Eco-resort planned for Midlands peninsula sold by Lenihan family

Yewpoint by Lough Ree purchased by Hodson Bay group is set for tourism development

The owners of the four-star Hodson Bay resort near Athlone plan to develop a major eco-tourism facility for the midlands on a 145-acre peninsula acquired from members of the Lenihan family, whose political dynasty has included former cabinet ministers Mary O’Rourke and the late Brian Lenihan jnr.

The specially protected conservation area, Yewpoint, on the shores of Lough Ree, was bought by the O’Sullivan-family owned Hodson Bay group using a special purpose vehicle, New Island Resorts, backed by outside investors. The acquisition also includes two small islands, Horse Island and Robin Island.

Since the deal last year during lockdown, the group has already opened a series of walking trails on the land in time for the summer season at Hodson Bay, a 176-bedroom resort on the lake shore beside the golf club. The longer-term plan, however, is to build small villages of eco-cabins on the peninsula, from which cars will be banned and the only guest access will be via golf buggies.

Waterways Ireland, Fáilte Ireland and Roscommon County Council are also examining the possibility of developing a new marina at Yewpoint and a floating boardwalk, similar to the one at Acres Lake in Drumshanbo in Leitrim.

Regional masterplan

The area’s potential for eco-tourism was considered as part of a development masterplan for the Shannon region, which was launched by the Government in March. Environmental advisory firm SLR Consulting has also been commissioned to assess the possibilities for the peninsula.

"I'm delighted. I never thought that piece of land would fall into our hands at all," said John O'Sullivan, the chairman of the Hodson Bay group, which employs more than 500 and also includes the luxury Hyatt hotel in Dublin's Liberties district, the Sheraton in Athlone and the Galway Bay hotel.

The acquisition of the scenic peninsula by Hodson Bay reunites two adjacent land parcels that were historically part of the one estate, which went all the way back to Jacobite times in the 1600s when the hotel was a monastery, St John's Abbey. It was later plundered by generals affiliated with Oliver Cromwell. Eventually, the estate ended up in the ownership of PJ Lenihan, a Fianna Fáil operative who was the father of politicians Mary O'Rourke and Brian Lenihan snr.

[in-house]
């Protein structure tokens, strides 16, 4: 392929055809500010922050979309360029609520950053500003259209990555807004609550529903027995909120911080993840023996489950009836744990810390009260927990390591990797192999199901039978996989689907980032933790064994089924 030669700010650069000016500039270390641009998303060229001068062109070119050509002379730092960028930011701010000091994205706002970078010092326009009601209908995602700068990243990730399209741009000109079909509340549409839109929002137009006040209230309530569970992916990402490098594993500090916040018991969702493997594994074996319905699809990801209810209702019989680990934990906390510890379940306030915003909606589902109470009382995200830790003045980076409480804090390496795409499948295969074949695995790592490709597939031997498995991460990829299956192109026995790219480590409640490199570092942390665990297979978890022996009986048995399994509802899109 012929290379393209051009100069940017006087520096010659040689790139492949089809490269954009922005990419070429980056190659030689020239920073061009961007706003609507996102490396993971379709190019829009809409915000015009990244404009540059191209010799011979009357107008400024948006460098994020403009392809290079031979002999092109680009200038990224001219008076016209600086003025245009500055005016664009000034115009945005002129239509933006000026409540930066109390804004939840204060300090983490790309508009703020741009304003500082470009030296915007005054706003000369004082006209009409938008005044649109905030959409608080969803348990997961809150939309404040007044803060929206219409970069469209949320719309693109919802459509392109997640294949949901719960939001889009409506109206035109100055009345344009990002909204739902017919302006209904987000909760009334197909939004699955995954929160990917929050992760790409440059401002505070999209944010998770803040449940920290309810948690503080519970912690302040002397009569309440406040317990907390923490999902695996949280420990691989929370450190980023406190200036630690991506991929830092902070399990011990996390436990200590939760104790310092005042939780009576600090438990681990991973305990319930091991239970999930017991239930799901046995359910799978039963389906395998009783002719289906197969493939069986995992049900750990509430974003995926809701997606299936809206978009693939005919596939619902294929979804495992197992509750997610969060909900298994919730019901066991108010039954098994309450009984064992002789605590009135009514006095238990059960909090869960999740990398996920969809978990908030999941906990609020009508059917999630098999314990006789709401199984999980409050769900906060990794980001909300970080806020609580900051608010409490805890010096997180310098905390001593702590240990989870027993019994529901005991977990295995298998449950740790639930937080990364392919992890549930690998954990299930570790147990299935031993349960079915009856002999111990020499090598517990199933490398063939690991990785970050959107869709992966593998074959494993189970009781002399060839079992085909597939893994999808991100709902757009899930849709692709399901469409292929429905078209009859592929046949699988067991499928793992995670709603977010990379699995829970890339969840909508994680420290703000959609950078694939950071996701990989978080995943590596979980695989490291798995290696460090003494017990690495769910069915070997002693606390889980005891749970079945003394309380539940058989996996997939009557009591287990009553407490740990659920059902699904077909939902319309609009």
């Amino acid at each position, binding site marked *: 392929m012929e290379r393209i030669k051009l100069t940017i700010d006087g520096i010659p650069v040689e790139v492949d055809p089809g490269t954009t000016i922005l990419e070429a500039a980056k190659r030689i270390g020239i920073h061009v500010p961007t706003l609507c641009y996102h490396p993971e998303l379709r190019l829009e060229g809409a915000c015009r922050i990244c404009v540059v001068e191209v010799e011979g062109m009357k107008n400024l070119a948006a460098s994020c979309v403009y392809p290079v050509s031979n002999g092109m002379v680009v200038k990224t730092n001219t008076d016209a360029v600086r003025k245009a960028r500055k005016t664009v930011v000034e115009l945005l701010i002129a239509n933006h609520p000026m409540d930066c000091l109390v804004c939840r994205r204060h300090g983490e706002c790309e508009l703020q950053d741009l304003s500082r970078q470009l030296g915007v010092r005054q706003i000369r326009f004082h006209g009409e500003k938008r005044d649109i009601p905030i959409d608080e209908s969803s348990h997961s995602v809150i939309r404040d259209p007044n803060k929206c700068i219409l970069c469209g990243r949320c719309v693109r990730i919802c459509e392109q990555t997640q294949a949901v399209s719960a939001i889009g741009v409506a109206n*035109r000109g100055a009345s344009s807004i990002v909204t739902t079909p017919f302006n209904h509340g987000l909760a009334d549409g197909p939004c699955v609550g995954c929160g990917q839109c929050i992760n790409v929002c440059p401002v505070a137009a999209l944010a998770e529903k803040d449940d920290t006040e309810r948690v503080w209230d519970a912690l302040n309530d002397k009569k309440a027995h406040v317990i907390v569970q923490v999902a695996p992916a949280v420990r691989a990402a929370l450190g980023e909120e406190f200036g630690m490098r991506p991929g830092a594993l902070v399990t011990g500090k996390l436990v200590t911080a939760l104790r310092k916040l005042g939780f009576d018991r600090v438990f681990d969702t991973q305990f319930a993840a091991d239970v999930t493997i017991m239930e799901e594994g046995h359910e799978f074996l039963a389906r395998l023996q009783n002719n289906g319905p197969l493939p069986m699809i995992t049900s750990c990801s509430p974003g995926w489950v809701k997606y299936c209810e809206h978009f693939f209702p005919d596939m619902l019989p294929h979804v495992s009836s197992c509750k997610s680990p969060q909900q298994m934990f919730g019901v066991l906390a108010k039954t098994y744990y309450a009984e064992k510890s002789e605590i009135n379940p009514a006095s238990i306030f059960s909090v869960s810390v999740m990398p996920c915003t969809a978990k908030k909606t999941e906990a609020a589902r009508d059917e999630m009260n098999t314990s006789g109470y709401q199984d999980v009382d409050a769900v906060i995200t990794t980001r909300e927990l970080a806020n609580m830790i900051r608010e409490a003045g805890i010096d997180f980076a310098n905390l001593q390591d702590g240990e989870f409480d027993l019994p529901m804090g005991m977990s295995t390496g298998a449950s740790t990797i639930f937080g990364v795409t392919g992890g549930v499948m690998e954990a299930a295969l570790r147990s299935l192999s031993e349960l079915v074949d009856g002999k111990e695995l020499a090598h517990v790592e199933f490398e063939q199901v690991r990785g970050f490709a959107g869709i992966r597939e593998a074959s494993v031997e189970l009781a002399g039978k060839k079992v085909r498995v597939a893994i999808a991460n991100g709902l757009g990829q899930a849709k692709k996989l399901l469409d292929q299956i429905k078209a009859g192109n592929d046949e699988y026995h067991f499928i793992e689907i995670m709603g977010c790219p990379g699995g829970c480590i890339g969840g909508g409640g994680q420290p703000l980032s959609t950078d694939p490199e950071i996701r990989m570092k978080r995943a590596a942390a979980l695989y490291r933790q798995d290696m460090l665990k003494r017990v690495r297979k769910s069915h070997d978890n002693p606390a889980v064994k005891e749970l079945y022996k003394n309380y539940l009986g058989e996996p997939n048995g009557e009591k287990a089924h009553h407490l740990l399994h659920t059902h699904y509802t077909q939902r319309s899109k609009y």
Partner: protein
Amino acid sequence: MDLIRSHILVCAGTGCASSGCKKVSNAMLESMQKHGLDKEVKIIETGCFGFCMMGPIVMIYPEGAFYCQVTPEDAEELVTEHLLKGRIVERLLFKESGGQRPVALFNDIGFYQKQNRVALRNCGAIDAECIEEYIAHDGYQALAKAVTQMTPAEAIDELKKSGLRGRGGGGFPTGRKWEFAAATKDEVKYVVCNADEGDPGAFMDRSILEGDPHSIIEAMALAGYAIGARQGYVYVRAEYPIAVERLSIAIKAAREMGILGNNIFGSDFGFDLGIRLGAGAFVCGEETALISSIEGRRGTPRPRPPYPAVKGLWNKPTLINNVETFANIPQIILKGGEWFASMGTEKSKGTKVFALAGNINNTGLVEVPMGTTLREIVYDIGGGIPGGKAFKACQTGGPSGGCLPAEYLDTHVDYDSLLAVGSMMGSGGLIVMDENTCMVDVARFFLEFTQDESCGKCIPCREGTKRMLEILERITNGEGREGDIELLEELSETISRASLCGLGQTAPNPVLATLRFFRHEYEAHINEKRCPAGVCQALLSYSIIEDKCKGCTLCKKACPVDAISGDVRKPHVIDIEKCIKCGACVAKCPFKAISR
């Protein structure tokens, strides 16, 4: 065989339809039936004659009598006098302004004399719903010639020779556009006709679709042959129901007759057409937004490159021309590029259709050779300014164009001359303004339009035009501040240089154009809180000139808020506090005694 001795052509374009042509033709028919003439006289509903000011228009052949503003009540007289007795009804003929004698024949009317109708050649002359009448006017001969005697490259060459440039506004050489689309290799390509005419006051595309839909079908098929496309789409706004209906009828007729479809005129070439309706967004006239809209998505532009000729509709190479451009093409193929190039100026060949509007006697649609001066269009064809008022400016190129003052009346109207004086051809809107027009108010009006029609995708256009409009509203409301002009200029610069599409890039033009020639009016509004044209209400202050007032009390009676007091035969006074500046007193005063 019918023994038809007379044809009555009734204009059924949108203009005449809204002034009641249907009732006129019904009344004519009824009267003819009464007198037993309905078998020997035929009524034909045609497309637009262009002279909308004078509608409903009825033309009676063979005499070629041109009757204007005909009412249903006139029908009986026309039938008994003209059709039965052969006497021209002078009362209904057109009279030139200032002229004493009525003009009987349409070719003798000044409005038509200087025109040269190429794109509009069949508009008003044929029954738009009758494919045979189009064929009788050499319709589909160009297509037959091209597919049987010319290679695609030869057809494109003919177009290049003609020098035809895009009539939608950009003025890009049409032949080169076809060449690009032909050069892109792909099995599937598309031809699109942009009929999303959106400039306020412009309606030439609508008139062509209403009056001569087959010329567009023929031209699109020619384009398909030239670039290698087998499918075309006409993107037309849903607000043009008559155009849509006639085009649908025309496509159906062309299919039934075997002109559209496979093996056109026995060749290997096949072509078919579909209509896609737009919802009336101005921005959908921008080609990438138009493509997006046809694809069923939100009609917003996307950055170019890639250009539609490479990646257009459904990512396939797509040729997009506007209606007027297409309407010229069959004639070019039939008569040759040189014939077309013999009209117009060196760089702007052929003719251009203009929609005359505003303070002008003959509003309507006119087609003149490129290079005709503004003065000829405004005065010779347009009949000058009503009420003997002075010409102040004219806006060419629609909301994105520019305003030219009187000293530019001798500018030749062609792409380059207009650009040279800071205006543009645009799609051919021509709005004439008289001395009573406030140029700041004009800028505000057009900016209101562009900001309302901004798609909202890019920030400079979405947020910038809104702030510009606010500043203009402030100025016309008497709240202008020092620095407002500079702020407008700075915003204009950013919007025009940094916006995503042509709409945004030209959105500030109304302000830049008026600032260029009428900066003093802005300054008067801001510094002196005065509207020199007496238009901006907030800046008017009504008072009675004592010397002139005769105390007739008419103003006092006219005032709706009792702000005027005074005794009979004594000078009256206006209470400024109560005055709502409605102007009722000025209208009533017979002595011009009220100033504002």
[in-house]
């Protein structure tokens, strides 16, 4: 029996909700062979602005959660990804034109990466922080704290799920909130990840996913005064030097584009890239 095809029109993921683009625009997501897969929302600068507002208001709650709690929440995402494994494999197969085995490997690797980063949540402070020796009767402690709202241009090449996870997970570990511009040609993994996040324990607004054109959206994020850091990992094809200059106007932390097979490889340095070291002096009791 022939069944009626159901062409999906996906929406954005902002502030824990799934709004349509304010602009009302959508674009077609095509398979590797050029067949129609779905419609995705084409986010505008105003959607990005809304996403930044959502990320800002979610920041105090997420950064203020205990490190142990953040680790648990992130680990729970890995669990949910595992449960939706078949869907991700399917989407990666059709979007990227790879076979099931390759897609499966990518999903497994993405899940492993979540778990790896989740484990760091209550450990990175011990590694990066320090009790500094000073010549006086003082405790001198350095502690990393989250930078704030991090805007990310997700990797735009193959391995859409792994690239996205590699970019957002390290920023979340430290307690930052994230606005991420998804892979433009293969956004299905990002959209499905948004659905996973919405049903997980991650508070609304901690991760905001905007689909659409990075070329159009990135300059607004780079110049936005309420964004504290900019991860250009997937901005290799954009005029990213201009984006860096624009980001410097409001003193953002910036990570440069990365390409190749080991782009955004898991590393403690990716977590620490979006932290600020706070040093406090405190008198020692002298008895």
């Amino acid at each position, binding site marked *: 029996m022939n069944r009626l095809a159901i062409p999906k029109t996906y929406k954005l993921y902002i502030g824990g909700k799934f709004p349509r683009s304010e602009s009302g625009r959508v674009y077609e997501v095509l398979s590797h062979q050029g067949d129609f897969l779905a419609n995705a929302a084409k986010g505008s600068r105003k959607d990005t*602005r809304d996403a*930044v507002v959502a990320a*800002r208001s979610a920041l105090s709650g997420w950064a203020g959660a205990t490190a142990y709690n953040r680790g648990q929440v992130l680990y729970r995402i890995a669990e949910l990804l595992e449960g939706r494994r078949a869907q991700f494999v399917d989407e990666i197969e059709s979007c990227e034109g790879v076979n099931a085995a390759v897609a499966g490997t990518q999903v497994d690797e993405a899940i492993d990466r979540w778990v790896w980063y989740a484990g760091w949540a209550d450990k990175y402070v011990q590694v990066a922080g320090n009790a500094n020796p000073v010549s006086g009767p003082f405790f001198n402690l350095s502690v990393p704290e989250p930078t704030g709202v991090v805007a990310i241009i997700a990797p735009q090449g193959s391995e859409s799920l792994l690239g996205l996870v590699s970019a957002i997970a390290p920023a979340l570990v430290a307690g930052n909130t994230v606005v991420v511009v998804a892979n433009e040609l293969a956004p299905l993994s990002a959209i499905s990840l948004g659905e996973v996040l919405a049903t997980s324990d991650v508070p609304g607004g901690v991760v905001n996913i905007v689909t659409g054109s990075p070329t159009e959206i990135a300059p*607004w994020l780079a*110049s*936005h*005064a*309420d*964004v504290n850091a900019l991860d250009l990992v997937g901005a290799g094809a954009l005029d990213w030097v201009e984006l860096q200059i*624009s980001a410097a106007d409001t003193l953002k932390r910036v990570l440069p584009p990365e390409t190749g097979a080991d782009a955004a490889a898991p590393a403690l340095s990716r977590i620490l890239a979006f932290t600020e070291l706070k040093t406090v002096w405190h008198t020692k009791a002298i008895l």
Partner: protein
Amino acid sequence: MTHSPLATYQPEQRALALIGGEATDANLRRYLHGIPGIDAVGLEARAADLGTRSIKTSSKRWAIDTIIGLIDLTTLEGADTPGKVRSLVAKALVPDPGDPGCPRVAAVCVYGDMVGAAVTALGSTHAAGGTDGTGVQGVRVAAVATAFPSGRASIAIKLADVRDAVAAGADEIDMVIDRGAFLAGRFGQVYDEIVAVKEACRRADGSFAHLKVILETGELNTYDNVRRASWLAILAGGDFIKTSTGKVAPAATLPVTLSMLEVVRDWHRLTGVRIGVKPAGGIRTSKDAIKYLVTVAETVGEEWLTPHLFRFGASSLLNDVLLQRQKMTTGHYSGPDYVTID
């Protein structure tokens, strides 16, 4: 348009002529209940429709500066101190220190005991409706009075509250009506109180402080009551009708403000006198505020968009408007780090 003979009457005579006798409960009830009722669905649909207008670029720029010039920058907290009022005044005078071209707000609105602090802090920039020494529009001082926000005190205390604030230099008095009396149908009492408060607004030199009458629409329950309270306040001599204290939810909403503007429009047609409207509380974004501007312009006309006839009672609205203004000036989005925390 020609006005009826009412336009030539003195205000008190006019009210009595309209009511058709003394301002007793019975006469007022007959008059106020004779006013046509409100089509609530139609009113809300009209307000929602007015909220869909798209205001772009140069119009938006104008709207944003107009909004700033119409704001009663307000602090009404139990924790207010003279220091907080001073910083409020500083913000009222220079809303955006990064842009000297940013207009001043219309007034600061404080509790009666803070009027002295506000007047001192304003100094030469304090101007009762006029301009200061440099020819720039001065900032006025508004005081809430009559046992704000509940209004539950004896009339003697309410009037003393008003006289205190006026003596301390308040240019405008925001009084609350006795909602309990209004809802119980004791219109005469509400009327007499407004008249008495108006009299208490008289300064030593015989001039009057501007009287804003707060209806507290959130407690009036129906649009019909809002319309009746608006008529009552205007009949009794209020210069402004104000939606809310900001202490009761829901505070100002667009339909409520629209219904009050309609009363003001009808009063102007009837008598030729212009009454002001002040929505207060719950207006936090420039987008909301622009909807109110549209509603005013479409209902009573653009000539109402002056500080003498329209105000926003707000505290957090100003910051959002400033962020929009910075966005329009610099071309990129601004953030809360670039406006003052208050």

The Lenihans opened a hotel on the site, and that parcel was peeled off and eventually sold to Mr O'Sullivan, who opened the current hotel in 1990. The 145-acre Yewpoint peninsula, meanwhile, was owned by another son of PJ Lenihan, Paddy Lenihan, whose descendants brought it to the market.

Ecological sensitivity

It is believed New Island Resorts paid about €1 million for the land. Development of the eco resort will require far more capital and is likely to be done in several stages, depending on the implementation of the Shannon plan and the limitations of planning permission on such an ecologically sensitive plot.

The “untouched” land includes an oak forest and 100 acres of meadowland, and is rich in wildlife. Mr O’Sullivan says he aims to turn it into the country’s top ecotourism resort, which would be a boon for the tourist economy in the region, marketed by the State as part of the Hidden Heartlands.

“It all depends on what is deemed acceptable for the area under the masterplan. But the minute we know what is allowed, we will proceed,” he said. “You would do it in steps. You might do, say, 10 eco-cabins in the first phase. Then you’d go again, and build it up from there.”

Although it is currently owned by New Island Resorts, Mr O’Sullivan said he is hopeful that it would eventually be bought by the Hodson Bay group, which prior to the pandemic had annual sales of about €32 million, not including the Hyatt, which traded for only a few months before coronavirus arrived.

Mr O’Sullivan said the group was gearing up for a busy summer of domestic tourism at its hotels in the midlands and west: “The problem this year is Dublin.”

Mark Paul

Mark Paul

Mark Paul is Business Affairs Correspondent of The Irish Times. He also writes the Caveat column